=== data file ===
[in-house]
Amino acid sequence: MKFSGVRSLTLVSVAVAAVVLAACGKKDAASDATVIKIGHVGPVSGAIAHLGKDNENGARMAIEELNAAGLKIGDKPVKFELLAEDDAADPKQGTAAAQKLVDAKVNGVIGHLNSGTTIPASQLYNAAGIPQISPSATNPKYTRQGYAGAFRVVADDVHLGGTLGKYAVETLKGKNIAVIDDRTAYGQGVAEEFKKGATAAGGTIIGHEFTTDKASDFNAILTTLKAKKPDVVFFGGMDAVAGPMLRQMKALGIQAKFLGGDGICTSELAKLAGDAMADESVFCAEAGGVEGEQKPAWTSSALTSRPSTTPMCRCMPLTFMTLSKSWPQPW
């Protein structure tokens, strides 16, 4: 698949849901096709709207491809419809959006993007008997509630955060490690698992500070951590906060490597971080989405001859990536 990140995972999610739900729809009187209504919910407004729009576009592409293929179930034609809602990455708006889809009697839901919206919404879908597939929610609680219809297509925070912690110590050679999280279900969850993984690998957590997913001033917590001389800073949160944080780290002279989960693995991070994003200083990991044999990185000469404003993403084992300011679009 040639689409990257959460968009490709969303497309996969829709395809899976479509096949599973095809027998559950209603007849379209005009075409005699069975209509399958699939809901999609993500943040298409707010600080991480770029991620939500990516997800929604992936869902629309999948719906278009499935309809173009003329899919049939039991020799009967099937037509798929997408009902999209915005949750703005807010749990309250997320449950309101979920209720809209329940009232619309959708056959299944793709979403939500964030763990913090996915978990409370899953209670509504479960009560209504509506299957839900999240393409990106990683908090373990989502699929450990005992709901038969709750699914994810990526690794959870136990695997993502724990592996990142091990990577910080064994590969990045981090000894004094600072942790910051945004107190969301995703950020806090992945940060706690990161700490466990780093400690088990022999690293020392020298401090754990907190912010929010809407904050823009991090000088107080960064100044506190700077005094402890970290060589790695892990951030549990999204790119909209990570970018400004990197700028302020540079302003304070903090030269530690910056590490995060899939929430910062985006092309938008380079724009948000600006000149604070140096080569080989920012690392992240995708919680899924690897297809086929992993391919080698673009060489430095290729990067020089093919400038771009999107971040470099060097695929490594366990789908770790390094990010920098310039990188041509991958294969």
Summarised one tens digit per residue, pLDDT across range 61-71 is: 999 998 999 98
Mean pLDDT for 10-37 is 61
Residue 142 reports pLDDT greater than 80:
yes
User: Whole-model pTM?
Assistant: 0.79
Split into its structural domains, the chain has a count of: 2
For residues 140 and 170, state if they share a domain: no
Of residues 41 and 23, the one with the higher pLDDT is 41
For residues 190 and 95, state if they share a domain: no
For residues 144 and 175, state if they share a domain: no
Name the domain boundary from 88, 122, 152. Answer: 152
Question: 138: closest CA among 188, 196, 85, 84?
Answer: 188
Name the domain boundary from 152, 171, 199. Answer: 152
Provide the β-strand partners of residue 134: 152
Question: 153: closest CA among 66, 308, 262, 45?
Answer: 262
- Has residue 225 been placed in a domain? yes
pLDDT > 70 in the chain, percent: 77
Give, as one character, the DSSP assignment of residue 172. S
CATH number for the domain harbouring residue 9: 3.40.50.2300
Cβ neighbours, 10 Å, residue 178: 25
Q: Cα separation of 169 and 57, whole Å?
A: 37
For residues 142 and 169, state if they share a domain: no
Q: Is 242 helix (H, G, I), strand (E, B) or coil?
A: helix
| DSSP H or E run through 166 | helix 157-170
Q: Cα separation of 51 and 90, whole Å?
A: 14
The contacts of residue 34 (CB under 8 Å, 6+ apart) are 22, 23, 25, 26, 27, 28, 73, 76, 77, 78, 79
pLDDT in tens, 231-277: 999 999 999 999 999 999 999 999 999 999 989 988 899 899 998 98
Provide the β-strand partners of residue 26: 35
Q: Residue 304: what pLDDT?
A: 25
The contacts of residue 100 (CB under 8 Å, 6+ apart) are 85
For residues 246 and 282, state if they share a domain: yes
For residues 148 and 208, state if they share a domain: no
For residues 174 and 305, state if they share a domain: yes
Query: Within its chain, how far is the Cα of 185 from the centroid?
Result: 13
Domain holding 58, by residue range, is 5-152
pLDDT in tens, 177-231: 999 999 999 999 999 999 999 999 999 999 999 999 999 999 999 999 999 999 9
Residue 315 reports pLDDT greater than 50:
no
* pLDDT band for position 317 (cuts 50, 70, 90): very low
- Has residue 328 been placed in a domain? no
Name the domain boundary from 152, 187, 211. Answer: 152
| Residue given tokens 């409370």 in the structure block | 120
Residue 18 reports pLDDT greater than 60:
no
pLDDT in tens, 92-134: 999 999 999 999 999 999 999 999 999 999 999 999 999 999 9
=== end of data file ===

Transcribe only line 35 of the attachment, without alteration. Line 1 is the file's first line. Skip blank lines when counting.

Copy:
The contacts of residue 34 (CB under 8 Å, 6+ apart) are 22, 23, 25, 26, 27, 28, 73, 76, 77, 78, 79